The land was sold, and no Jew suffered even to come within sight of Jerusalem. The very foundations of the city were ploughed up, and a heathen temple built where the temple of God had stood (Notes on the Old and New Testaments, Luke 21:24).

In Luke 21:24, Jesus introduced new terminology, “the times of the Gentiles,” to cover the predictions in the book of Daniel. The times of the Gentiles run from the Fall of Jerusalem in 586 B.C. to the Fall of Babylon the Great at the end of the Tribulation.

The surviving Jews were scattered among the nations in A.D. 70. Not only had the nation “cut off” Jesus Christ, He had “cut off” fruitless Israel and they would not become a sovereign nation until May 14, 1948.

Additionally, the prophecy of the seventy sevens reveals what it will be like during the times of the Gentiles.

The end will come like a flood: War will continue until the end, and desolations have been decreed.

The world is not going to improve during the Church age—anything but! There will be wars and rumors of war on earth among men until the Lord returns (cf. Matthew 24:6). There will be no permanent peace until the Prince of Peace arrives. Desolations (ravages) have been decreed— whether we like it or not—God has spoken!

Gabriel’s prediction contains an unstated time of turmoil, especially for the Jews, between the sixty-ninth and seventieth seven. When Israel crucified the Messiah, the “prophetic clock” stopped ticking. It will begin ticking again when the ruler who will come (the Antichrist) confirms a covenant with many for one seven. Jesus predicts that the Jews will be deceived by the Antichrist.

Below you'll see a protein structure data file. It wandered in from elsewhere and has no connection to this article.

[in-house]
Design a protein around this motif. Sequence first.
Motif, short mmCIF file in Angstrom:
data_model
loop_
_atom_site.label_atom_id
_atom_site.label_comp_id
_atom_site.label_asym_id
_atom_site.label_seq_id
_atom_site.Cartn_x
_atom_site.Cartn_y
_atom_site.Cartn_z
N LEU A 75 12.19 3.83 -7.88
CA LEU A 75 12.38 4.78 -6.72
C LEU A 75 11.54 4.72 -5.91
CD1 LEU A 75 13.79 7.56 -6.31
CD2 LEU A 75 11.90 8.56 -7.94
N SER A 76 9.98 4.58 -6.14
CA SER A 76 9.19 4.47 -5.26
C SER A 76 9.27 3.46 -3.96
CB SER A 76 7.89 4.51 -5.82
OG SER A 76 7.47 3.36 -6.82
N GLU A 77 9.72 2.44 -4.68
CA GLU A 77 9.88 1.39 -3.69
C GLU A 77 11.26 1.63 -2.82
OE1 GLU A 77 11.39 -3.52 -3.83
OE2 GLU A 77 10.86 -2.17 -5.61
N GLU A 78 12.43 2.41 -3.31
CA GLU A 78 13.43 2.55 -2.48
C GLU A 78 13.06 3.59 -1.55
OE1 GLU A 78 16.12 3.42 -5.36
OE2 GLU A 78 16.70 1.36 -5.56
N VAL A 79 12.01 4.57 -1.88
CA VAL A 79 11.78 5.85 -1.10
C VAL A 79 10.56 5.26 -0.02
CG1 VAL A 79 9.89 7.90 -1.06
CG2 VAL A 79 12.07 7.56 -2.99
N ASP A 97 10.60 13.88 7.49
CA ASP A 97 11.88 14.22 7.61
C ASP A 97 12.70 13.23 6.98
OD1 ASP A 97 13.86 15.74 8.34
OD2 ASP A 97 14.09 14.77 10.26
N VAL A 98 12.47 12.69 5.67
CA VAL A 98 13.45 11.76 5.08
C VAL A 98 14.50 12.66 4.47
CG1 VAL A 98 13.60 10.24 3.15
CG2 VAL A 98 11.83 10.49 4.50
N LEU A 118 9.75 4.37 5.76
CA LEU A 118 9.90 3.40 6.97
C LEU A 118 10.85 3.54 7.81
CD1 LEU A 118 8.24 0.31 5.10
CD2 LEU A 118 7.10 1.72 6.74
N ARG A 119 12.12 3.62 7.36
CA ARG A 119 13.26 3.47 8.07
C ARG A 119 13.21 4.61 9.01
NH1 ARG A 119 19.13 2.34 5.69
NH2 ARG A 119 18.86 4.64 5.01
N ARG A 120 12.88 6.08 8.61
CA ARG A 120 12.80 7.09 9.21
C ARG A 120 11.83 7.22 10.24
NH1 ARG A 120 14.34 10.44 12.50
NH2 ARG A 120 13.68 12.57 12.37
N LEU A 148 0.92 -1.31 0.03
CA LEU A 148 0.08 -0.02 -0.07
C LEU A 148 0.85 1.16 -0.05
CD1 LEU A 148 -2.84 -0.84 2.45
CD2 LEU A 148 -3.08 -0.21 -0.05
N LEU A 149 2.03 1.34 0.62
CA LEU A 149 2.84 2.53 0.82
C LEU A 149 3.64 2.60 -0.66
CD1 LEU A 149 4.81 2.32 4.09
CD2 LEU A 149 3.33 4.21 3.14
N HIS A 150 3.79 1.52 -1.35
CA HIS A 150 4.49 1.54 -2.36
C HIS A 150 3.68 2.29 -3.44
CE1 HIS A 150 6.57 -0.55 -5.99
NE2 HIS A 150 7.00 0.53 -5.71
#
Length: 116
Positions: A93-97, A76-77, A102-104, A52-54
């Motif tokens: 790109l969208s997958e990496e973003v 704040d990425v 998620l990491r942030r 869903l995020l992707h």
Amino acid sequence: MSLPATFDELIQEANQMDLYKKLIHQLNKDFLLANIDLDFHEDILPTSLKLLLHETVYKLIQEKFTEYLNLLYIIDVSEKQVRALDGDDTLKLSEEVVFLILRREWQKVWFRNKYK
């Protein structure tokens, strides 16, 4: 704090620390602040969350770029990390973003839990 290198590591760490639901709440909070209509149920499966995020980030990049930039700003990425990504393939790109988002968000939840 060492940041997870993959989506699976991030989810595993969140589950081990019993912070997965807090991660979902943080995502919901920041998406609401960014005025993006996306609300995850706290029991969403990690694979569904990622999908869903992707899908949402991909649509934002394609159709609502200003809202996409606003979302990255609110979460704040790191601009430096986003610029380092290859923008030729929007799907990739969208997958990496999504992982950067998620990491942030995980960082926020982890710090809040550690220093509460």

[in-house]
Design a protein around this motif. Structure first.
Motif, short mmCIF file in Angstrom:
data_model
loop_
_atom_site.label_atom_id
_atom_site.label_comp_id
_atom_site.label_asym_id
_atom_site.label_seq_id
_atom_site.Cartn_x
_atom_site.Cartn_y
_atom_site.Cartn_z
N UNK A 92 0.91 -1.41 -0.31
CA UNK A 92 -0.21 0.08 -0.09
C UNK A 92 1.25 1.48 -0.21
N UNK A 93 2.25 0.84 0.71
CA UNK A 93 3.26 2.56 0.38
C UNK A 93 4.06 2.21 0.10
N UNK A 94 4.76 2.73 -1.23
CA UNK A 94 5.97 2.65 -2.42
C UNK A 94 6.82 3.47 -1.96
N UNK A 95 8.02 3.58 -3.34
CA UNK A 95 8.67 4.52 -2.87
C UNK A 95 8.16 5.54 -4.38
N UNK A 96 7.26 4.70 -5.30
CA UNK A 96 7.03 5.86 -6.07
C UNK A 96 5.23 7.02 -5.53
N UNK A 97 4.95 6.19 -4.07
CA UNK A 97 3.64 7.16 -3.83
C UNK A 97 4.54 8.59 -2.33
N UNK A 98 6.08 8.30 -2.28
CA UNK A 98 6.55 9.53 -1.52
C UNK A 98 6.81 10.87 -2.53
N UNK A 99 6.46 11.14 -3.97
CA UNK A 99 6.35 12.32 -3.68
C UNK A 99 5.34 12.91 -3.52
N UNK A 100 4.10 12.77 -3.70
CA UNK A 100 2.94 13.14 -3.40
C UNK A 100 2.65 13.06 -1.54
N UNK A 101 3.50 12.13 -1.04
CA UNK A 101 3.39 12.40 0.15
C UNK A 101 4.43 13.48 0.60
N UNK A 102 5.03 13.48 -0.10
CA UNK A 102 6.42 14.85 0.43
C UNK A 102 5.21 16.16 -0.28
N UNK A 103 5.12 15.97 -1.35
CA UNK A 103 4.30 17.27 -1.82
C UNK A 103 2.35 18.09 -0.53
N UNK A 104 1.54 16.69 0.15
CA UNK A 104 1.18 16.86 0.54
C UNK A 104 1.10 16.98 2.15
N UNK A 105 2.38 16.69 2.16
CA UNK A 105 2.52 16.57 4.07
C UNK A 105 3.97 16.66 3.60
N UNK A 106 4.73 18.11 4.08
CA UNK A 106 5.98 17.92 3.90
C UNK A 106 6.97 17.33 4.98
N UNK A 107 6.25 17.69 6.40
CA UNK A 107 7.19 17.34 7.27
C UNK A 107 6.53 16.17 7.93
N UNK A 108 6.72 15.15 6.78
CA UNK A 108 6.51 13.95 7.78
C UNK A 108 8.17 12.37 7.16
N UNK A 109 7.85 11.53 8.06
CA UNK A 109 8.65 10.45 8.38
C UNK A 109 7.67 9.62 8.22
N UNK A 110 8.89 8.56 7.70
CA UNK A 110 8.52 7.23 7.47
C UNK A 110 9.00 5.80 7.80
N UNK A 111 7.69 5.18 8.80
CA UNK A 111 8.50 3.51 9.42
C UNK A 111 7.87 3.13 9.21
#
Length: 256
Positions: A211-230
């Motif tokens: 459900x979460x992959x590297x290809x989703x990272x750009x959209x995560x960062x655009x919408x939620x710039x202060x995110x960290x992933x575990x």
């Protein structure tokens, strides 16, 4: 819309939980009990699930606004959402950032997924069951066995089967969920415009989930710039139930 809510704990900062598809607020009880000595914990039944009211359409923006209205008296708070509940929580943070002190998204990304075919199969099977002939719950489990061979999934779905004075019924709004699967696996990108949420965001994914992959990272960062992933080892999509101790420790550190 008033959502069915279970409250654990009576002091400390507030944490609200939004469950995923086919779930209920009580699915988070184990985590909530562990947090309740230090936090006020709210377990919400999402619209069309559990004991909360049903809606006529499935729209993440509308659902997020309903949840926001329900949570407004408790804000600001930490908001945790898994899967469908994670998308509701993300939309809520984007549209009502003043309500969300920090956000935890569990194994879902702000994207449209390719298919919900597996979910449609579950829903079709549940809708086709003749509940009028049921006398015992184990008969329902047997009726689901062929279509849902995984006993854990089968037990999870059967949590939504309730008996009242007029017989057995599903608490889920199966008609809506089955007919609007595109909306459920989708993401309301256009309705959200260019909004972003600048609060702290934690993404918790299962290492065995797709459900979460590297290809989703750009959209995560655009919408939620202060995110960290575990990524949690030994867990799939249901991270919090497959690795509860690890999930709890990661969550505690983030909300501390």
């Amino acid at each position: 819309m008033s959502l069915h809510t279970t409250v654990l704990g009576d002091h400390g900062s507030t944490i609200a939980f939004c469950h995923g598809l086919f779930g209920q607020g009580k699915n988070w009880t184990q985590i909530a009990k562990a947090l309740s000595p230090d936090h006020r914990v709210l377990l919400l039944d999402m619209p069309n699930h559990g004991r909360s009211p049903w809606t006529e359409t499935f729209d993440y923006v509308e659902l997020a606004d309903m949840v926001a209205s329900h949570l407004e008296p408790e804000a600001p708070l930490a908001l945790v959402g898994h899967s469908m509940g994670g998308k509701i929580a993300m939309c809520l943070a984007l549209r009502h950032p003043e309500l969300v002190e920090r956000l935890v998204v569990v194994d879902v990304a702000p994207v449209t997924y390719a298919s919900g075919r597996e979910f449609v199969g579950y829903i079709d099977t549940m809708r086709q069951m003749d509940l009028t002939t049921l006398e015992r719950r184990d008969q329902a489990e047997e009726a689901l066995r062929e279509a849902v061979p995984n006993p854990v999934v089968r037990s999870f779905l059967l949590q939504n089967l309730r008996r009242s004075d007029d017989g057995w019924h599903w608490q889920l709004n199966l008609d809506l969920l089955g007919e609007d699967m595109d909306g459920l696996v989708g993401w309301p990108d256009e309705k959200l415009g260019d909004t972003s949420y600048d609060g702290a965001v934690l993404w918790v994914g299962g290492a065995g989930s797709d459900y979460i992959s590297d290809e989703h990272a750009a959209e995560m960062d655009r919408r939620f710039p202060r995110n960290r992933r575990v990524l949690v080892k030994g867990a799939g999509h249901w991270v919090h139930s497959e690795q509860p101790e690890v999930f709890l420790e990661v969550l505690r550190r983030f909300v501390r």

I have come in my Father's name, and you do not accept me; but if someone else comes in his own name, you will accept him (John 5:43).

Between the death of Christ and the Antichrist’s confirmation of this covenant stretches the entire Church Age. There is “a great parenthesis” or “a gap” in God’s program for Israel.

Liberal scholars and amillennialists insist there is no gap in the seventy sevens, which can only mean that Jerusalem should have been destroyed by A.D. 35, instead of A.D. 70. That one detail alone demands a gap between the 69th and 70th sevens. And certainly, the end has not come like a flood to this day.

Biblical prophecy contains many gaps that are not always obvious. For instance, Jesus read the prophecy of Isaiah 61:1-2 and said, “Today this scripture is fulfilled in your hearing” (Luke 4:16-20). However, Jesus finished reading the prophecy in the middle of a sentence and rolled up the scroll. Why did He stop so abruptly? Why did He not continue to read “the day of vengeance of our God”? Those words belong to His second coming. Hence, there is a gap of almost two thousand or more years in Isaiah’s prophecy. This gap could not be recognized until the first part of the prophecy was fulfilled. The very same principle is true of the seventy sevens. Another familiar prophecy that has a gap between the first and second advents of Christ is Isaiah 9:6.

an prophetic explanation of Isaiah 9:6

Many read this passage every December and think little of it. Little wonder that the apostle wrote:

Concerning this salvation, the prophets, who spoke of the grace that was to come to you, searched intently and with the greatest care, trying to find out the time and circumstances to which the Spirit of Christ in them was pointing when he predicted the sufferings of Christ and the glories that would follow (1 Peter 1:10-11).